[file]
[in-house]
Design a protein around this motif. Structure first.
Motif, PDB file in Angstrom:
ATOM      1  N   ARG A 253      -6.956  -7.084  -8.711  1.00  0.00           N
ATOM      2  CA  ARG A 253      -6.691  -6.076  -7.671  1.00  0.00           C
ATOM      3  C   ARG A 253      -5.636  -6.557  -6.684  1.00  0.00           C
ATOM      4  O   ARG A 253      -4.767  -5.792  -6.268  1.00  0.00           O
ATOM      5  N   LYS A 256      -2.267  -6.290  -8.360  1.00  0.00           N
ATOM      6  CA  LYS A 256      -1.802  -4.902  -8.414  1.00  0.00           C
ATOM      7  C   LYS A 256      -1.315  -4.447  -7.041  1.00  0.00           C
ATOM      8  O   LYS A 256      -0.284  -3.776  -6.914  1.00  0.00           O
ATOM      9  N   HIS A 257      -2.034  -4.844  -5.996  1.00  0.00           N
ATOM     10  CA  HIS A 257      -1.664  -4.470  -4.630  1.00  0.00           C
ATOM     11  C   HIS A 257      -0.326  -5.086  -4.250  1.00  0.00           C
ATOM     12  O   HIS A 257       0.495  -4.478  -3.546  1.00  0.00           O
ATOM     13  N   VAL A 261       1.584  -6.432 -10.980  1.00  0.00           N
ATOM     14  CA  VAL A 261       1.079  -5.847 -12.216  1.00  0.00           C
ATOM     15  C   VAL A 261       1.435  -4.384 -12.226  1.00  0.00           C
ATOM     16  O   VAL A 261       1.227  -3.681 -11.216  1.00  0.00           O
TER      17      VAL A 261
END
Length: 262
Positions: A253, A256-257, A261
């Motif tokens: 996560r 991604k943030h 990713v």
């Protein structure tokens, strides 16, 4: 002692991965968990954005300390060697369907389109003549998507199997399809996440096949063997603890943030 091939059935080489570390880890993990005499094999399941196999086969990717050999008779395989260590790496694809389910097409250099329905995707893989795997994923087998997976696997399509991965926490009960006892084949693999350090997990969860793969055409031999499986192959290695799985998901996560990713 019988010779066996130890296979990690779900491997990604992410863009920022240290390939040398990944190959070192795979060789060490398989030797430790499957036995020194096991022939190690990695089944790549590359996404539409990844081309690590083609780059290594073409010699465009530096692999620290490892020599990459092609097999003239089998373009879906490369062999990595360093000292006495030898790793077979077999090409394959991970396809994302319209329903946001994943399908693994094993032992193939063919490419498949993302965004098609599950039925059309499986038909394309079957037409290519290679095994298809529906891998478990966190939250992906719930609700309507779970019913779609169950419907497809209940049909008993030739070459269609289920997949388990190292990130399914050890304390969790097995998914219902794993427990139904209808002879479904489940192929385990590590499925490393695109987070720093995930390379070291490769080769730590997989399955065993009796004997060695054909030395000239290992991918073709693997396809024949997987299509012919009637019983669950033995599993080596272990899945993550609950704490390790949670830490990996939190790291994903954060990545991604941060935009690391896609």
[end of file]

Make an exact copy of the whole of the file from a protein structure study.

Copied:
[in-house]
Design a protein around this motif. Structure first.
Motif, PDB file in Angstrom:
ATOM      1  N   ARG A 253      -6.956  -7.084  -8.711  1.00  0.00           N
ATOM      2  CA  ARG A 253      -6.691  -6.076  -7.671  1.00  0.00           C
ATOM      3  C   ARG A 253      -5.636  -6.557  -6.684  1.00  0.00           C
ATOM      4  O   ARG A 253      -4.767  -5.792  -6.268  1.00  0.00           O
ATOM      5  N   LYS A 256      -2.267  -6.290  -8.360  1.00  0.00           N
ATOM      6  CA  LYS A 256      -1.802  -4.902  -8.414  1.00  0.00           C
ATOM      7  C   LYS A 256      -1.315  -4.447  -7.041  1.00  0.00           C
ATOM      8  O   LYS A 256      -0.284  -3.776  -6.914  1.00  0.00           O
ATOM      9  N   HIS A 257      -2.034  -4.844  -5.996  1.00  0.00           N
ATOM     10  CA  HIS A 257      -1.664  -4.470  -4.630  1.00  0.00           C
ATOM     11  C   HIS A 257      -0.326  -5.086  -4.250  1.00  0.00           C
ATOM     12  O   HIS A 257       0.495  -4.478  -3.546  1.00  0.00           O
ATOM     13  N   VAL A 261       1.584  -6.432 -10.980  1.00  0.00           N
ATOM     14  CA  VAL A 261       1.079  -5.847 -12.216  1.00  0.00           C
ATOM     15  C   VAL A 261       1.435  -4.384 -12.226  1.00  0.00           C
ATOM     16  O   VAL A 261       1.227  -3.681 -11.216  1.00  0.00           O
TER      17      VAL A 261
END
Length: 262
Positions: A253, A256-257, A261
């Motif tokens: 996560r 991604k943030h 990713v």
């Protein structure tokens, strides 16, 4: 002692991965968990954005300390060697369907389109003549998507199997399809996440096949063997603890943030 091939059935080489570390880890993990005499094999399941196999086969990717050999008779395989260590790496694809389910097409250099329905995707893989795997994923087998997976696997399509991965926490009960006892084949693999350090997990969860793969055409031999499986192959290695799985998901996560990713 019988010779066996130890296979990690779900491997990604992410863009920022240290390939040398990944190959070192795979060789060490398989030797430790499957036995020194096991022939190690990695089944790549590359996404539409990844081309690590083609780059290594073409010699465009530096692999620290490892020599990459092609097999003239089998373009879906490369062999990595360093000292006495030898790793077979077999090409394959991970396809994302319209329903946001994943399908693994094993032992193939063919490419498949993302965004098609599950039925059309499986038909394309079957037409290519290679095994298809529906891998478990966190939250992906719930609700309507779970019913779609169950419907497809209940049909008993030739070459269609289920997949388990190292990130399914050890304390969790097995998914219902794993427990139904209808002879479904489940192929385990590590499925490393695109987070720093995930390379070291490769080769730590997989399955065993009796004997060695054909030395000239290992991918073709693997396809024949997987299509012919009637019983669950033995599993080596272990899945993550609950704490390790949670830490990996939190790291994903954060990545991604941060935009690391896609």